While in Miami visiting with family and friends, I was fortunate to find a locum tenens position 5 minutes away from where I lived. This is a big deal considering locum tenens positions in Florida are quickly filled (who doesn’t want to live in sunshine by the beach?), and because Miami is a large city so you can easily commute to work up to 1.5 hours each way.
The position turned out to be in a Pediatrics Office. The Pediatricians that own the clinic were planning a vacation for them and their children. They needed a nurse practitioner to cover ‘walk-in’ patients. They said they used to be able to just close the clinic whenever they left town, but due to insurance payment changes, they had to stay open to prevent their patients from utilizing the Emergency Room.
I was to be the sole provider while providing coverage. I was content that I did not have to do any wellness child exams, but my only apprehension was having to do newborn exams (as they cannot predict when they would come).
The Pediatricians requested to meet me before I started the assignment. I was able to pass by one morning since their office was so close to home. They were reassured by meeting me because they said that the last time they had a locum tenens provider, he looked like he was ready to retire, and the patients complained that he kept zoning out while talking to them. I was also reassured by meeting them, because they seemed laid back and even provided me with a cheat sheet on common medications and doses used in pediatrics.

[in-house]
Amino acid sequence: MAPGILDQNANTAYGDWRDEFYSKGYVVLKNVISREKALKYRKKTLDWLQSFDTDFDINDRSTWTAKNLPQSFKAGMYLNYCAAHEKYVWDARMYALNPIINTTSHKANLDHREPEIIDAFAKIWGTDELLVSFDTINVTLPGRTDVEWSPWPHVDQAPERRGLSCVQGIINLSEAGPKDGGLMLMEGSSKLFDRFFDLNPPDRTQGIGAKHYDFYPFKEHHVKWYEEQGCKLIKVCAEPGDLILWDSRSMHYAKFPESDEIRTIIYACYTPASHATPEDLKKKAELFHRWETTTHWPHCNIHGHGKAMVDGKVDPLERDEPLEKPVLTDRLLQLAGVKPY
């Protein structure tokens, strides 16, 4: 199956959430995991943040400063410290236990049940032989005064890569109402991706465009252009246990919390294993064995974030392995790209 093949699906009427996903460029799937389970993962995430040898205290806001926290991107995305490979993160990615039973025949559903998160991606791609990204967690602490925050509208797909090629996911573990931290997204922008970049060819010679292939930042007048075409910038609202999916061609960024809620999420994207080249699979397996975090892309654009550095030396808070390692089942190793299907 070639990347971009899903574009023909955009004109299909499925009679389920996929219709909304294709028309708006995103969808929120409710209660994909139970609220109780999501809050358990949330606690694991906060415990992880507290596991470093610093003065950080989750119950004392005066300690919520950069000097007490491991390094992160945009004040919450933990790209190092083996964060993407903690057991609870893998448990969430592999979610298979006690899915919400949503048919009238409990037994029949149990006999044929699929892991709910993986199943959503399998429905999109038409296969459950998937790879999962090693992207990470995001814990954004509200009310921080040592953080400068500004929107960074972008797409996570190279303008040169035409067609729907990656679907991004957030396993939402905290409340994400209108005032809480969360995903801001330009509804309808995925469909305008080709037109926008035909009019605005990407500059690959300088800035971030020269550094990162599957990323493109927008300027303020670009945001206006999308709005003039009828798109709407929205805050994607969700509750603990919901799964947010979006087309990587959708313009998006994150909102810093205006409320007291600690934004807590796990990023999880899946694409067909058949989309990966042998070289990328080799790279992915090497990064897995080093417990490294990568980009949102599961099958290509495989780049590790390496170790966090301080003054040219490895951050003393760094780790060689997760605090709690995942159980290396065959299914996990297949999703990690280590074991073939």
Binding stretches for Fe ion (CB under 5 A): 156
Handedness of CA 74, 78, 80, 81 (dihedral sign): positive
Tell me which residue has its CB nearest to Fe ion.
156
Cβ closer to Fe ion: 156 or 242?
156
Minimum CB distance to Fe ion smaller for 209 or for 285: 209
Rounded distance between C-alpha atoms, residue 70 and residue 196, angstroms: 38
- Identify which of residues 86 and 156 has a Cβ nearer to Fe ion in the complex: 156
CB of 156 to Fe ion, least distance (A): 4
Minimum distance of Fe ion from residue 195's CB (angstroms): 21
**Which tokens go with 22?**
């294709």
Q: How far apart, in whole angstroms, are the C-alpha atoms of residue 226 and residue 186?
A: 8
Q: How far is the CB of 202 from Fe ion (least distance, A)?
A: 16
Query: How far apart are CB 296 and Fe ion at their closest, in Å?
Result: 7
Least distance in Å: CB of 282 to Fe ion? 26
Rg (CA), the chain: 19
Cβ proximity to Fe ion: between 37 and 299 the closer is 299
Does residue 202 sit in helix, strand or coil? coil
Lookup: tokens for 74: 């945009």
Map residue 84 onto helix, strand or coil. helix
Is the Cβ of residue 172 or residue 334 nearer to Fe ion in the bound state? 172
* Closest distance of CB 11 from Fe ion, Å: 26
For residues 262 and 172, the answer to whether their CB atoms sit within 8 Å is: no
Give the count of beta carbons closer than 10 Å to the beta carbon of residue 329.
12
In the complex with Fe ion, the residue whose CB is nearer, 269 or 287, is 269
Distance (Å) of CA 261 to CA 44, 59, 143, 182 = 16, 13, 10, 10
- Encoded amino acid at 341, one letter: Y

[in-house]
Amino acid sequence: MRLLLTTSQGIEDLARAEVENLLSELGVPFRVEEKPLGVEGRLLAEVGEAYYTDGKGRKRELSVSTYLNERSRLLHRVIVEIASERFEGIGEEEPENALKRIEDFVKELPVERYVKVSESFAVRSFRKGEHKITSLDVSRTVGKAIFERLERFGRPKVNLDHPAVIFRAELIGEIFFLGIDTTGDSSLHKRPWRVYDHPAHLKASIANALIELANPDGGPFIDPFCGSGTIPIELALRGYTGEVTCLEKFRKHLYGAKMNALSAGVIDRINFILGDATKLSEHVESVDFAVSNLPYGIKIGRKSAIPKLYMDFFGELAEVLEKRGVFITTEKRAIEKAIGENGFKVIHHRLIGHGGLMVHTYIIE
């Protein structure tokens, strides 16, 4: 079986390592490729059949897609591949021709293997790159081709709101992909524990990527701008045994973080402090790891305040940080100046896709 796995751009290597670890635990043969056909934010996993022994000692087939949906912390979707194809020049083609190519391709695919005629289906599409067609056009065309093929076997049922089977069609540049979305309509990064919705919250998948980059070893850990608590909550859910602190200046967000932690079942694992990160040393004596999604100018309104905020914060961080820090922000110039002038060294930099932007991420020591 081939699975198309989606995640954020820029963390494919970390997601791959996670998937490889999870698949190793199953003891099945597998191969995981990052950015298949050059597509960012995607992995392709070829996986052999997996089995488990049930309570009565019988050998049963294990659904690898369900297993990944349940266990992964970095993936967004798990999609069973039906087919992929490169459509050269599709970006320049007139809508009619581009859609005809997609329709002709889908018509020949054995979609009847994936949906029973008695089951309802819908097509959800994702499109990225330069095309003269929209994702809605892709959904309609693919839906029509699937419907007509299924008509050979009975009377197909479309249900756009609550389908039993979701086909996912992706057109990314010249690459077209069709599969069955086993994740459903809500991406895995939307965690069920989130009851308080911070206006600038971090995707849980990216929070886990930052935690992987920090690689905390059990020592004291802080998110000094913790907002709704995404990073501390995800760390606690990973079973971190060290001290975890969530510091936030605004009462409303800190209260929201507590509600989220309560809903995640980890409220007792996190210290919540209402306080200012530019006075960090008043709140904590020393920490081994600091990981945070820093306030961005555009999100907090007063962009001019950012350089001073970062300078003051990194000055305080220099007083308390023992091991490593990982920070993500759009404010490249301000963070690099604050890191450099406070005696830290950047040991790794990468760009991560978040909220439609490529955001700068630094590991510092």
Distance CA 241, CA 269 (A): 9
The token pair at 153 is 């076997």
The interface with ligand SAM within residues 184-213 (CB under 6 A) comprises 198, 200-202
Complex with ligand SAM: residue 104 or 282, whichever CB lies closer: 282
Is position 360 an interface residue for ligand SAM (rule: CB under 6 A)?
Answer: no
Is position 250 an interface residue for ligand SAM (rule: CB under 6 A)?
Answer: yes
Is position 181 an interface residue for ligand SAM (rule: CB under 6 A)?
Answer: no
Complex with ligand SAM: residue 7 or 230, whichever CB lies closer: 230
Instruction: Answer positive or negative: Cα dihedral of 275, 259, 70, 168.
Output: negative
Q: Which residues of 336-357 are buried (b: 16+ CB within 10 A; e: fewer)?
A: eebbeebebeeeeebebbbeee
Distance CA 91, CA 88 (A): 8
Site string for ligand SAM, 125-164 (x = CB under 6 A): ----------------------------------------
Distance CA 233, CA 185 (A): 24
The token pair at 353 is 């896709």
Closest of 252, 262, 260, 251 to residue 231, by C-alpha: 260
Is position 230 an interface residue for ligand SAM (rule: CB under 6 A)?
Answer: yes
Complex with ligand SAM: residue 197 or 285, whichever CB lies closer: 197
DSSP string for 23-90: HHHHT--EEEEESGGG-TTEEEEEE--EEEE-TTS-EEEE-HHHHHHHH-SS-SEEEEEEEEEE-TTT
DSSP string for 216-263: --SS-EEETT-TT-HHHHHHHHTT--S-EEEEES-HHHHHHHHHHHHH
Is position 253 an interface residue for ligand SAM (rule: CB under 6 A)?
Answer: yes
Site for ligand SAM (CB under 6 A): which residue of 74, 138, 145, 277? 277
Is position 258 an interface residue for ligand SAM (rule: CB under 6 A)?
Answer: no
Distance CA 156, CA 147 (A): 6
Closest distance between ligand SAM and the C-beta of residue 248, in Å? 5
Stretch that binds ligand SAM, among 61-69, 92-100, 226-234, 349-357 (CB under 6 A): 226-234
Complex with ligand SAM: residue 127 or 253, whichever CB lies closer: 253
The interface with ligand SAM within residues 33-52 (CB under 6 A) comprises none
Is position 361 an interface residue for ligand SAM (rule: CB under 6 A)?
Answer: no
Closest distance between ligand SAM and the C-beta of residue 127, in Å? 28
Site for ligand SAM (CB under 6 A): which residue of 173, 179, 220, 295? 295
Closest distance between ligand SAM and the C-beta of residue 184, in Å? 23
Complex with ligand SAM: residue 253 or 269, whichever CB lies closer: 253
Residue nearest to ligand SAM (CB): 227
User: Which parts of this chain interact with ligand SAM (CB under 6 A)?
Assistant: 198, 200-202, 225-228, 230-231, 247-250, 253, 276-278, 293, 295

My first day I thought was such a relief from working with adults. The visits were very basic, I literally had 10 patients in a row with a chief complaint of earache and that’s all! Also, the children of course were adorable and so much fun to be around. The only challenging thing for me was calculating dosages. I have always been good at math and used to be the drug math tutor when I was a faculty member in a nursing college. Yet, I realized I was spoiled by places I worked at previously which had a range of weight and proper dosing of medication already listed for you in the EHR.
At this clinic, I had to do all the dosing by hand. The more I did it though, the more I found myself memorizing dosing by weight.
Another plus at this clinic was that they have someone that inputs all of the notes in the EHR. I merely write the chief complaint, check the positives for the review of systems and physical exam, write the diagnosis, and medications I prescribed on a one-page form. Then someone inputs my findings in a more detailed note into the EHR, including billing. This makes the process of seeing patients way faster.
On a slow day I only saw about 20 patients. On a busy day I saw 40 patients. Surprisingly, I never felt overwhelmed. I had a good time working with this site. The site also appreciated my help and requested that I cover a few days the following week when they go to a medical conference.